Module Litiom_type

module Litiom_type: sig .. end
Facilities for improving modularity and abstraction in Eliom applications.

Suppose you have a service coucou1 which accepts an int32 as parameter. The traditional way to declare and register the service, and to create a form towards it would be as follows:

	let coucou1_handler x () =
			(head (title (pcdata "Coucou1")) [])
			(body [p [pcdata ("X = " ^ Int32.to_string x)]]))

	let coucou1_service =
			~get_params:(Eliom_parameter.int32 "x")

	let coucou1_form enter_x =
			label ~a:[a_for enter_x] [pcdata "Enter X:"];
			int32_input ~input_type:`Text ~name:enter_x ();

This is, however, a brittle solution: if, for example, you were to change coucou1's parameter from an int32 to an int64, you would need to make changes in various locations in your code, which in a large project would likely be spread over multiple files. Even though Eliom leverages OCaml's strong typing to ensure that you would not forget any code still using the old int32, this state of affairs still makes refactoring cumbersome. Moreover, you do not have the ability to abstract away the type accepted by coucou1.

This module suggests a different approach to handling types in Eliom applications. The basic principle is that all functions related to a given type (namely service parameter declaration and the various form input widgets) should reside in a single module named after the type. The new version of our sample code would look as follows:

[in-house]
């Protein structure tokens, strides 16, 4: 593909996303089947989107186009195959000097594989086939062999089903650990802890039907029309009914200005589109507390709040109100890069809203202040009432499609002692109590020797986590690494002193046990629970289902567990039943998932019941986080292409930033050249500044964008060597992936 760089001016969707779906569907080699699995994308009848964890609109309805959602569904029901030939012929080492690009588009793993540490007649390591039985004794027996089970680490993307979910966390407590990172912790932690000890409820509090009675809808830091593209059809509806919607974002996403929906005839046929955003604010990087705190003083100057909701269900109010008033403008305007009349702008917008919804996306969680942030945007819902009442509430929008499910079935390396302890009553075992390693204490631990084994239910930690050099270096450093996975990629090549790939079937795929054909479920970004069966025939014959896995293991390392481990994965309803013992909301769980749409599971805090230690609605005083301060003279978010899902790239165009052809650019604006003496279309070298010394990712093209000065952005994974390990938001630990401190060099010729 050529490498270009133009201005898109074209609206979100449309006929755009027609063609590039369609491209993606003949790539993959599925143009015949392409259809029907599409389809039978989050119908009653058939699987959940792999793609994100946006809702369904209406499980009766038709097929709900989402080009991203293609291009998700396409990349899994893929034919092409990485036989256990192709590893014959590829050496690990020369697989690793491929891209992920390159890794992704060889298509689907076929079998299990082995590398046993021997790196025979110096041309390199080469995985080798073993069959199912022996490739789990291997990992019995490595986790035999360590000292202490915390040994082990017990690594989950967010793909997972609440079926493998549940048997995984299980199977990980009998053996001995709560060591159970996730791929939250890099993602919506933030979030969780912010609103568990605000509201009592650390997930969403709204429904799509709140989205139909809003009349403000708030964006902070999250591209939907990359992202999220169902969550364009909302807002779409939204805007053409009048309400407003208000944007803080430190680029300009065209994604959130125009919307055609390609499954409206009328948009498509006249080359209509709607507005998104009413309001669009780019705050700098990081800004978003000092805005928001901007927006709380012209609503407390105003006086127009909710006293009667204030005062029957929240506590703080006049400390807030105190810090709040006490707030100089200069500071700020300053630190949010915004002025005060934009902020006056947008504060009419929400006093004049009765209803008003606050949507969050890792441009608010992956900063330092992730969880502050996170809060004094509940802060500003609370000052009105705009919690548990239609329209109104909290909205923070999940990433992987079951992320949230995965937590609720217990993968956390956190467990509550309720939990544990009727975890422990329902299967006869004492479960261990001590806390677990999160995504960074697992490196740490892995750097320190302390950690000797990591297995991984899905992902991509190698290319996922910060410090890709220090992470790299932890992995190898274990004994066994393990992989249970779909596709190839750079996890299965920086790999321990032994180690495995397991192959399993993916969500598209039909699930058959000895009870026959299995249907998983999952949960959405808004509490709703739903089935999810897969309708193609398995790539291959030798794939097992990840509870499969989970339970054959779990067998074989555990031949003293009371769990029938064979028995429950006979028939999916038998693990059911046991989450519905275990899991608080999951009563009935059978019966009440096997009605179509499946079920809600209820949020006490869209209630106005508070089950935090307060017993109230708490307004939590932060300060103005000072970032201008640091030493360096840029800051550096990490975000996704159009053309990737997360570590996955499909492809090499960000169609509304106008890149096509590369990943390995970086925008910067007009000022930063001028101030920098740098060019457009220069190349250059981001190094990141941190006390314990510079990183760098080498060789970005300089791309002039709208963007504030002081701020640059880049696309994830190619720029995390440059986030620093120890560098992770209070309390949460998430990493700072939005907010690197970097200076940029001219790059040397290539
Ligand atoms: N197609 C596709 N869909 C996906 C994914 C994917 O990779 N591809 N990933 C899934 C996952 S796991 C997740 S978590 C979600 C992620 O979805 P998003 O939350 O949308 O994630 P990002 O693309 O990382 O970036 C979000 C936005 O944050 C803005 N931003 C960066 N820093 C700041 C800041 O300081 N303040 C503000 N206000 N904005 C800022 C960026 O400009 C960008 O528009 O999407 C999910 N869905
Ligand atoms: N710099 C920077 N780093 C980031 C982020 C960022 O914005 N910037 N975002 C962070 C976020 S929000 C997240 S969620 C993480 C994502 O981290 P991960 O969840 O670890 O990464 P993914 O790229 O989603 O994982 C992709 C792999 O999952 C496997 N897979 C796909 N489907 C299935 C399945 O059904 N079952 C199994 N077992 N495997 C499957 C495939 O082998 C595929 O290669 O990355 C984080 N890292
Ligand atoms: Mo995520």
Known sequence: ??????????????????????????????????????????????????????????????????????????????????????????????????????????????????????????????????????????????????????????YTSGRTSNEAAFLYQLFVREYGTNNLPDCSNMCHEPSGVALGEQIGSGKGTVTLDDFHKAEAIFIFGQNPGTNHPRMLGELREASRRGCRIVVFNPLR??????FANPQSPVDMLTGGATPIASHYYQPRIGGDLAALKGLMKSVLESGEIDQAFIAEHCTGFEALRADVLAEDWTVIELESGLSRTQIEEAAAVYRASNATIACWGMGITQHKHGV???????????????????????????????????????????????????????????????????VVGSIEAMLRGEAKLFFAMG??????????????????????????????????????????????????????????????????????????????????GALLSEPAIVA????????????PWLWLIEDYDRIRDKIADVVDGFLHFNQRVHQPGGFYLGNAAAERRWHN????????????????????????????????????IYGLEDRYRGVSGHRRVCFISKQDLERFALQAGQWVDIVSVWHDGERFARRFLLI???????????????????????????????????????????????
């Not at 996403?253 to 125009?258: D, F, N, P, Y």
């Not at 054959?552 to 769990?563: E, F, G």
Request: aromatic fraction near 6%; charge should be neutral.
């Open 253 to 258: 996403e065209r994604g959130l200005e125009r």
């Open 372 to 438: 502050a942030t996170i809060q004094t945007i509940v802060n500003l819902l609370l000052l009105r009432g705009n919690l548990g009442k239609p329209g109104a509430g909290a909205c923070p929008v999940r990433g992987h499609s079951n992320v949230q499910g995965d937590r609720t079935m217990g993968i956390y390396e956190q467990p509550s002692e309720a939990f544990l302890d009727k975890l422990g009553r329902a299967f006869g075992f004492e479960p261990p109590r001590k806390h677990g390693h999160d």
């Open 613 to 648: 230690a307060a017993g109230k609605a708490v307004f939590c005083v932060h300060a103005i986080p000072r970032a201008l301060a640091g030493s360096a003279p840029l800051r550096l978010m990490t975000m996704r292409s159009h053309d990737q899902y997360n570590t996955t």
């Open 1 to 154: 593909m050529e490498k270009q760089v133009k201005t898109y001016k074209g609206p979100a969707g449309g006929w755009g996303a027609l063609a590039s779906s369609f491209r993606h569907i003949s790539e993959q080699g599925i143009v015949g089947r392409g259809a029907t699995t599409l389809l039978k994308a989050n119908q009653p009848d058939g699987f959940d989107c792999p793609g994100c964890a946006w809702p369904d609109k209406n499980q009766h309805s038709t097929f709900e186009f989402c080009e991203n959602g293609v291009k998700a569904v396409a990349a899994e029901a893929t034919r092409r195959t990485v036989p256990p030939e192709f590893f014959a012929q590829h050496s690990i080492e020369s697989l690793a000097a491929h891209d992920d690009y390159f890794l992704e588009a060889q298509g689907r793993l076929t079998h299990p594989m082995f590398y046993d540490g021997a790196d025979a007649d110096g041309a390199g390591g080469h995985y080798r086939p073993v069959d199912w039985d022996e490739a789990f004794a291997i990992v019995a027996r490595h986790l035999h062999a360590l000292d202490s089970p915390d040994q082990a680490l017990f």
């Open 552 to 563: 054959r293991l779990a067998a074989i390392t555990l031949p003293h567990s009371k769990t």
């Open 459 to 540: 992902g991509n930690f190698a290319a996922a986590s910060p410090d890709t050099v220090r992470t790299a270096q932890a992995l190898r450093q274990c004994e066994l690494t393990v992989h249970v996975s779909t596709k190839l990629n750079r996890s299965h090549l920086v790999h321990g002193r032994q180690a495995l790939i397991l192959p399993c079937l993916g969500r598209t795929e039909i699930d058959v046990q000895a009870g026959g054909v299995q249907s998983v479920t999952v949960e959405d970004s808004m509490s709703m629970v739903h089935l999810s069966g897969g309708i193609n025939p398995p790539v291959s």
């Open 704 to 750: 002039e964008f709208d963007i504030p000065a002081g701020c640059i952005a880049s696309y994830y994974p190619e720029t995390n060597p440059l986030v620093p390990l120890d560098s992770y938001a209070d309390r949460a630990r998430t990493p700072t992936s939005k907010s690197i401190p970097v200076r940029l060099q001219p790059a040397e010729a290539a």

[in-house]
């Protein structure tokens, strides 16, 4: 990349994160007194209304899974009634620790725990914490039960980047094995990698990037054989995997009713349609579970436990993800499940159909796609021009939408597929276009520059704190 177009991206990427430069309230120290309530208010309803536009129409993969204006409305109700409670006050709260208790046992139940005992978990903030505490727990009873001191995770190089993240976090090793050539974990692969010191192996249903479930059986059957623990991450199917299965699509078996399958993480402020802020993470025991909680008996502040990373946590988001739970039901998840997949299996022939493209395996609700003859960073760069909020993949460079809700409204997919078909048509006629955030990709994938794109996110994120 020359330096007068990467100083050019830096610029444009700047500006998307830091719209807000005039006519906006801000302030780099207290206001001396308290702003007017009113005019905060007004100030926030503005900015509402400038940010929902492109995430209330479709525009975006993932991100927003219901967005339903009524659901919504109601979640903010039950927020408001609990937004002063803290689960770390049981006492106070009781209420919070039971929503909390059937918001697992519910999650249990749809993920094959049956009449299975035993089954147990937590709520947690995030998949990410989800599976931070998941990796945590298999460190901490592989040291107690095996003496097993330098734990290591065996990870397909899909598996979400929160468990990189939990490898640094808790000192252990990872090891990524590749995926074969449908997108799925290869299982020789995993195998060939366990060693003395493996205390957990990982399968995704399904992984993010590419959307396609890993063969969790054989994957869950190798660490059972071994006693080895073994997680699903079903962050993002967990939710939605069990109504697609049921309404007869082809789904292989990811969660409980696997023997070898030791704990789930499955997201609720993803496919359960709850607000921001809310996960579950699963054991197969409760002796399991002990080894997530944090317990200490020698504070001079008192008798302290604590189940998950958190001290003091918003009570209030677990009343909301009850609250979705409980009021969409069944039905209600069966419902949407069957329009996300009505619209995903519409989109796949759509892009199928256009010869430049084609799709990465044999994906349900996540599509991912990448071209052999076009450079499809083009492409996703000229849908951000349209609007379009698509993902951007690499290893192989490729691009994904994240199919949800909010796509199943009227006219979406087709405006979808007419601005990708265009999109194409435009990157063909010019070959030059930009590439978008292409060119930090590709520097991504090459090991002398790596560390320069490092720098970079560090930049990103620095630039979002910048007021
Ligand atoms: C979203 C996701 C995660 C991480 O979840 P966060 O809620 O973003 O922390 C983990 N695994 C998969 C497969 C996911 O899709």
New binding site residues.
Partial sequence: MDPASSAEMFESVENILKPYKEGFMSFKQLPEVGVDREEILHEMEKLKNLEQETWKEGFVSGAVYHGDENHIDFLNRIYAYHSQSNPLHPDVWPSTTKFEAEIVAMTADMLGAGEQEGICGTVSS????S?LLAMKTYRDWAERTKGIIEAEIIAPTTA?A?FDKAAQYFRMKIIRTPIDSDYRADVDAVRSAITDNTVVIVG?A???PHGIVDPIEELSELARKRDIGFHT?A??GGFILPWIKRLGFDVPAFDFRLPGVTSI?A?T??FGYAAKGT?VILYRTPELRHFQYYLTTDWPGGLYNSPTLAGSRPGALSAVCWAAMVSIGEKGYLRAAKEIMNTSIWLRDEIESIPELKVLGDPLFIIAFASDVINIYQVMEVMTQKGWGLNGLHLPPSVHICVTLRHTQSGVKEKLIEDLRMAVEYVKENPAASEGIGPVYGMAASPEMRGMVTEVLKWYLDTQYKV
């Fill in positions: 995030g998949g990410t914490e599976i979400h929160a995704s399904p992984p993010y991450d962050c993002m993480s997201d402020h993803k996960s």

module Coucou = Litiom_type.Int32

	let coucou2_handler x () =
				(head (title (pcdata "Coucou2")) [])
				(body [p [pcdata ("X = " ^ Coucou.to_string x)]]))

	let coucou2_service =
			~get_params:(Coucou.param "x")

	let coucou2_form enter_x =
			label ~a:[a_for enter_x] [pcdata "Enter X:"];
			Coucou.input ~input_type:`Text ~name:enter_x ();

Modifying coucou2's type from an int32 to an int64 illustrates the advantage of this approach, since only one line of code has to be changed:

	module Coucou = Litiom_type.Int64

Moreover, user-defined types are easily accommodated. Litiom_type provides a functorial interface to create new modules compatible with its approach:

	module Coucou = Litiom_type.Make
		type t = [ `A | `B | `C ]

		let of_string = function
			| "A" -> `A
			| "B" -> `B
			| "C" -> `C
			| x   -> invalid_arg ("Coucou.of_string: " ^ x)

		let to_string = function
			| `A -> "A"
			| `B -> "B"
			| `C -> "C"

Module types

Bases for functors

module type STRINGABLE = sig .. end

Results of functors

module type S = sig .. end
module type TEXTUAL = sig .. end


module Make: 
functor (Base : STRINGABLE) -> S with type t = Base.t
module Make_textual: 
functor (Base : STRINGABLE with type t = string) -> TEXTUAL

Predefined modules based on primitive types

module Int: S  with type t = int
module Int32: S  with type t = int32
module Int64: S  with type t = int64
module Float: S  with type t = float
module String: TEXTUAL